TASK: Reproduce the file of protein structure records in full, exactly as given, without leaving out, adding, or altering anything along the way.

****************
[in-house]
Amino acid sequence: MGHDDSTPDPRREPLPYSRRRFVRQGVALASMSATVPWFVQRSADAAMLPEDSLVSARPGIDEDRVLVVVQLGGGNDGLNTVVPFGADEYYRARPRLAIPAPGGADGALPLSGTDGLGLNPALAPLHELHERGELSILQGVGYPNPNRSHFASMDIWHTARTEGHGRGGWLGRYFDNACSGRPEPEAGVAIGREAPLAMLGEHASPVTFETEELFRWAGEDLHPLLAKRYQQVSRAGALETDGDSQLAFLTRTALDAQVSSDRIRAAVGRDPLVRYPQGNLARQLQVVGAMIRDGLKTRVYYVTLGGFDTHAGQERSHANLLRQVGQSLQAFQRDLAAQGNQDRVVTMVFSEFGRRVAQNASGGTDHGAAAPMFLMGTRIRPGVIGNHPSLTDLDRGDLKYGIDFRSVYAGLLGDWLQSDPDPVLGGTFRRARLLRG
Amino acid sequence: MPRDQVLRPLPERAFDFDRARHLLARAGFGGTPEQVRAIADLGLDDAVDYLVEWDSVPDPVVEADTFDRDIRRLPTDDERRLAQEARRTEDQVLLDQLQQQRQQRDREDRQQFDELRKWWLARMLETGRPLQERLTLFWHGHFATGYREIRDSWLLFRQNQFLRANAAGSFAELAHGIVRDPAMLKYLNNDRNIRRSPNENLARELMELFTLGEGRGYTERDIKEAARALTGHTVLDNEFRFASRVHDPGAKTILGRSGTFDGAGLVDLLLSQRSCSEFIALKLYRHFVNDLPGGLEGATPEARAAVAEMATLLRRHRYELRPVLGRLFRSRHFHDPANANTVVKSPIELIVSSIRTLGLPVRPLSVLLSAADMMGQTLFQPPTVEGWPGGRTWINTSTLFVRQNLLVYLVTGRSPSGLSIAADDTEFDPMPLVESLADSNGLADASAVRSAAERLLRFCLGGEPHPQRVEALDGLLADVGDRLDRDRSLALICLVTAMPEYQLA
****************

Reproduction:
[in-house]
Amino acid sequence: MGHDDSTPDPRREPLPYSRRRFVRQGVALASMSATVPWFVQRSADAAMLPEDSLVSARPGIDEDRVLVVVQLGGGNDGLNTVVPFGADEYYRARPRLAIPAPGGADGALPLSGTDGLGLNPALAPLHELHERGELSILQGVGYPNPNRSHFASMDIWHTARTEGHGRGGWLGRYFDNACSGRPEPEAGVAIGREAPLAMLGEHASPVTFETEELFRWAGEDLHPLLAKRYQQVSRAGALETDGDSQLAFLTRTALDAQVSSDRIRAAVGRDPLVRYPQGNLARQLQVVGAMIRDGLKTRVYYVTLGGFDTHAGQERSHANLLRQVGQSLQAFQRDLAAQGNQDRVVTMVFSEFGRRVAQNASGGTDHGAAAPMFLMGTRIRPGVIGNHPSLTDLDRGDLKYGIDFRSVYAGLLGDWLQSDPDPVLGGTFRRARLLRG
Amino acid sequence: MPRDQVLRPLPERAFDFDRARHLLARAGFGGTPEQVRAIADLGLDDAVDYLVEWDSVPDPVVEADTFDRDIRRLPTDDERRLAQEARRTEDQVLLDQLQQQRQQRDREDRQQFDELRKWWLARMLETGRPLQERLTLFWHGHFATGYREIRDSWLLFRQNQFLRANAAGSFAELAHGIVRDPAMLKYLNNDRNIRRSPNENLARELMELFTLGEGRGYTERDIKEAARALTGHTVLDNEFRFASRVHDPGAKTILGRSGTFDGAGLVDLLLSQRSCSEFIALKLYRHFVNDLPGGLEGATPEARAAVAEMATLLRRHRYELRPVLGRLFRSRHFHDPANANTVVKSPIELIVSSIRTLGLPVRPLSVLLSAADMMGQTLFQPPTVEGWPGGRTWINTSTLFVRQNLLVYLVTGRSPSGLSIAADDTEFDPMPLVESLADSNGLADASAVRSAAERLLRFCLGGEPHPQRVEALDGLLADVGDRLDRDRSLALICLVTAMPEYQLA